03-31-2006, 8:40 AM | Post #171682 |
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I was reading the blog at the web site of financial expert Rob Bennett (hocus.) He says:|
The market through which cars are bought and sold is efficient. In fact, it's so efficient that it offers rewards to those who go to the trouble of checking prices at a number of dealers before making a buy decision. Those who feel an emotional need to obtain a car immediately pay a price for their lack of patience.
This was discussed in a previous thread. Some of us didn't think the car market was all that efficient. I am pretty sure I can buy a stock for the same price at different discount brokers. Is that market efficiency?
He goes on to say:
Think of how things work in the stock market. That market is efficient in many ways too, is it not? Yet the investor who ignores valuations can hardly expect to obtain the same long-term returns as the one who waits patiently for stocks to be offered at a reasonable price, right?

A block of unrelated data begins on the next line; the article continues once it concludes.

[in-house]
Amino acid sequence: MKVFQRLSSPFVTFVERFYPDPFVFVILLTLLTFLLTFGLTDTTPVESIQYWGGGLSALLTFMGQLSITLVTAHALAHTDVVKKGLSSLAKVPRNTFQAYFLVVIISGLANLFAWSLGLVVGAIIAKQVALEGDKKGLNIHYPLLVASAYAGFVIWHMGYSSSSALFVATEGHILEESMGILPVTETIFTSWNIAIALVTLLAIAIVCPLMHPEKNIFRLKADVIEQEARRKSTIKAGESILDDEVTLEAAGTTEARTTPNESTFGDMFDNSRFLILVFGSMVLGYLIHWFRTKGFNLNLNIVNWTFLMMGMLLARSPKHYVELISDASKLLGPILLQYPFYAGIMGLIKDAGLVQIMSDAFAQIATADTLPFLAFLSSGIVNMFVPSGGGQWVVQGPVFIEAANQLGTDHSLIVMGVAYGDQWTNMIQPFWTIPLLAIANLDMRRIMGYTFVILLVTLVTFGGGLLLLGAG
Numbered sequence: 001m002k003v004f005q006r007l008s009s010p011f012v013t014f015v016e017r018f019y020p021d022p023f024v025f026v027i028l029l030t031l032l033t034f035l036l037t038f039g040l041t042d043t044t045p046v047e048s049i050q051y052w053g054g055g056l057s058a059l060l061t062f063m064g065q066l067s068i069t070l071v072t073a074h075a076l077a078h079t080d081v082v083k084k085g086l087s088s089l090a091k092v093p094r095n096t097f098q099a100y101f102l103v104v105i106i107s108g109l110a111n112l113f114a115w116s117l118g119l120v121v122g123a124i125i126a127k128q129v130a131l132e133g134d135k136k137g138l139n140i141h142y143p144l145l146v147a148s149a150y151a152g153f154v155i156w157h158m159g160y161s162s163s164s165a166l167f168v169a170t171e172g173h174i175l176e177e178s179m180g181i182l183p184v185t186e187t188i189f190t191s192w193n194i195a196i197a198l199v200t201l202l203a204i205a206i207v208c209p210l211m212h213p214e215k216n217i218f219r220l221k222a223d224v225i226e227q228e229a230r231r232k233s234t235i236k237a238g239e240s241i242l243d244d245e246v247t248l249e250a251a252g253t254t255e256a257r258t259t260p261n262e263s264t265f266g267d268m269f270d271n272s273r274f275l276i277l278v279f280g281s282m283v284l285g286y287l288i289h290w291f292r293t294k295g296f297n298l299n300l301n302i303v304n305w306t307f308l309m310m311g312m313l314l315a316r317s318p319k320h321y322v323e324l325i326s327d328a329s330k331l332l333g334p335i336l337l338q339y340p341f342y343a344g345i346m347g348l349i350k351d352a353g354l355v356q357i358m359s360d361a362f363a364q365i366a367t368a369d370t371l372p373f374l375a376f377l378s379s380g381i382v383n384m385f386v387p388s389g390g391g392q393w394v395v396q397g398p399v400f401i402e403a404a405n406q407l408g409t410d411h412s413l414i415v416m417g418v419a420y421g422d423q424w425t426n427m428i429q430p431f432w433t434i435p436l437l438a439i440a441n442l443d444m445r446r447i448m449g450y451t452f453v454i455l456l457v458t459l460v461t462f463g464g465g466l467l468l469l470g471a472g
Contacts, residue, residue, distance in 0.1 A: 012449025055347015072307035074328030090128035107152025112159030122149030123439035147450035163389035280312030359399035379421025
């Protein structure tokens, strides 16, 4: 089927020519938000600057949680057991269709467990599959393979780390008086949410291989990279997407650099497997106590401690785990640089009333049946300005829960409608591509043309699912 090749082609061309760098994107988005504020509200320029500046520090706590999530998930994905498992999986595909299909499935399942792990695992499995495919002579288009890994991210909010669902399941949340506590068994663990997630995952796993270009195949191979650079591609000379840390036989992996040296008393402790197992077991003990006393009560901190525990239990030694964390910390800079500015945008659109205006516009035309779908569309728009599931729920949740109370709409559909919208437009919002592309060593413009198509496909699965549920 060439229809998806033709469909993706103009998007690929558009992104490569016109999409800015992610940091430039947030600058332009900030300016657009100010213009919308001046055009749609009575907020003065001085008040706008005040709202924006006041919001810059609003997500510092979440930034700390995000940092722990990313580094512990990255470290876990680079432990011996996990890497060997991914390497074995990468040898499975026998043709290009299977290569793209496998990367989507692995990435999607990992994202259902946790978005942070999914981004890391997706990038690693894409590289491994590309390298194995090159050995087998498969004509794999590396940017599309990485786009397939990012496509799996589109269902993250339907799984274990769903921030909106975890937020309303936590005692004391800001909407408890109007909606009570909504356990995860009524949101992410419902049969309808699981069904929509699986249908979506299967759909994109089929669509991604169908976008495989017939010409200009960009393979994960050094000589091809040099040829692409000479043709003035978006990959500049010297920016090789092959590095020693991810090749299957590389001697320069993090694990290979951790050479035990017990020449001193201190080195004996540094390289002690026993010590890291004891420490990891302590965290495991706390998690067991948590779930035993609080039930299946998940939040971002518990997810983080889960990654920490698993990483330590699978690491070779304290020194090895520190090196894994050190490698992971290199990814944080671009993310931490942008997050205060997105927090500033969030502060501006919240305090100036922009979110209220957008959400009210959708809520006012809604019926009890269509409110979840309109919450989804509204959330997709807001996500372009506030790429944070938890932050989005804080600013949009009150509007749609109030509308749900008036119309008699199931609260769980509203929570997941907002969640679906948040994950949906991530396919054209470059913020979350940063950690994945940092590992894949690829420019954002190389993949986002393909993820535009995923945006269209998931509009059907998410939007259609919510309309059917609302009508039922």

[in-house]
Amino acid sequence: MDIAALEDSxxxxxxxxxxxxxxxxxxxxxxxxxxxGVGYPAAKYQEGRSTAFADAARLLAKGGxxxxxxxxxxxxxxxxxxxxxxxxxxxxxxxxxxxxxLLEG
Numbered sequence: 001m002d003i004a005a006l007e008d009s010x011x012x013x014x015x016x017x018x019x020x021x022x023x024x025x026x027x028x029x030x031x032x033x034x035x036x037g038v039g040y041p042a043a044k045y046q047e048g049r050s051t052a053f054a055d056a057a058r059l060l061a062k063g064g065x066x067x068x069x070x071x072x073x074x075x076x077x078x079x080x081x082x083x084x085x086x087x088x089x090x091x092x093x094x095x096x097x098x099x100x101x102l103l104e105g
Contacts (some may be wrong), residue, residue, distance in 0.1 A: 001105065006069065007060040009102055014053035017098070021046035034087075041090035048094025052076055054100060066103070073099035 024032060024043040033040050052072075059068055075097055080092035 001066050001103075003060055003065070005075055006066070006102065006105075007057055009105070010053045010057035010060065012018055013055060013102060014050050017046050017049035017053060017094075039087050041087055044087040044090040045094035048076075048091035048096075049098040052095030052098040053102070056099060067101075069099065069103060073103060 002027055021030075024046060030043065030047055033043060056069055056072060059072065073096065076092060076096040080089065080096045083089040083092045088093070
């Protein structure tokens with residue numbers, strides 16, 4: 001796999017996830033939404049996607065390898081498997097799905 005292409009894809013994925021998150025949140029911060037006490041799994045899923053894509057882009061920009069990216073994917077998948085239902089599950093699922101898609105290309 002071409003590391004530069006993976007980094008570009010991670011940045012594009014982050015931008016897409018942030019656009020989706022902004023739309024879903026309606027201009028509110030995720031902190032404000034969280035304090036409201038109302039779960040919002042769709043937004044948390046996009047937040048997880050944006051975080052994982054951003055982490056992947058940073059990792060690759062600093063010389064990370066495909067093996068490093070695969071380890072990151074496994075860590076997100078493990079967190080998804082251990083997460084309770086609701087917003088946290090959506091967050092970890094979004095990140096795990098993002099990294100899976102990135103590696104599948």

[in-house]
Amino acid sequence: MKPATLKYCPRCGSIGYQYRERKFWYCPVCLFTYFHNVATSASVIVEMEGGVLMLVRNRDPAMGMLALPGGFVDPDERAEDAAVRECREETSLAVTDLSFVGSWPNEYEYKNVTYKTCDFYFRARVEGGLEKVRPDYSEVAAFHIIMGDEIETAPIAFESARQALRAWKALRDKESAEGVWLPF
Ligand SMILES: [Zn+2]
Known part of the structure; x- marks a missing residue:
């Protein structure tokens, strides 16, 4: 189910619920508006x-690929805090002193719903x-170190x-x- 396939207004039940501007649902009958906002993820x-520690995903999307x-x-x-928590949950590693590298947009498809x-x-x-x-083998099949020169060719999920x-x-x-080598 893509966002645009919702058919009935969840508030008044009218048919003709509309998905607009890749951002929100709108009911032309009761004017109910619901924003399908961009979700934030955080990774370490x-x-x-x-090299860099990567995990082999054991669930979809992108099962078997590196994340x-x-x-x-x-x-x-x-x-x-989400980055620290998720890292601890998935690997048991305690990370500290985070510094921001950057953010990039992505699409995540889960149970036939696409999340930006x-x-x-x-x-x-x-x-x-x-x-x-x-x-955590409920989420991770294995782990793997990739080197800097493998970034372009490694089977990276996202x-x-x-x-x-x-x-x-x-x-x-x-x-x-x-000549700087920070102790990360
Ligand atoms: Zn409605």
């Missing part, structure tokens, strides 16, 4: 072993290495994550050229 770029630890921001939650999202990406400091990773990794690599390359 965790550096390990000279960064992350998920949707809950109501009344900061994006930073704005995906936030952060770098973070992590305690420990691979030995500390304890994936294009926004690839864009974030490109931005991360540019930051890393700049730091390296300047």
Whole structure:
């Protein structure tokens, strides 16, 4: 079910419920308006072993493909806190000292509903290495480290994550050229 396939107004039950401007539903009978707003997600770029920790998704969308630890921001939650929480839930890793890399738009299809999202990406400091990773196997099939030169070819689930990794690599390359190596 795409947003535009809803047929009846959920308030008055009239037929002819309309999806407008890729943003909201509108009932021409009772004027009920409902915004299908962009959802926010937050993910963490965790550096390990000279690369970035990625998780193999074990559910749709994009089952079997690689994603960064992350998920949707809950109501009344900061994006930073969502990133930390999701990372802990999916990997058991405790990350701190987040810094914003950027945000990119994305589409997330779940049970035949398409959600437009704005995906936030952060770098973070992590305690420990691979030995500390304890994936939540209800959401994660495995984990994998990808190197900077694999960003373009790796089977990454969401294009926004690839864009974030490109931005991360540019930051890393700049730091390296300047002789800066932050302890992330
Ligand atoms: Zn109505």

It seems to me that the fact that stocks may vary in price doesn't mean that the market is inefficient.
He goes on:
It's not only in the stock market that being informed about valuations pays off big time. That's true when buying a car too. Actually, what works when buying stocks works when buying just about any other product or service available for sale in this consumer wonderland of ours.
Those who seek value are able to stretch their earnings farther than those who do not. That's why some middle-class workers are able to win their financial freedom many years sooner than others. Obtaining good value for your money matters.
So is there some "consumer reports" or "blue book" where I can find the intrinsic value of stocks? I want to "win financial freedom" dose that mean I have to stay out of the market until prices are right?
Originally posted in thread: 49180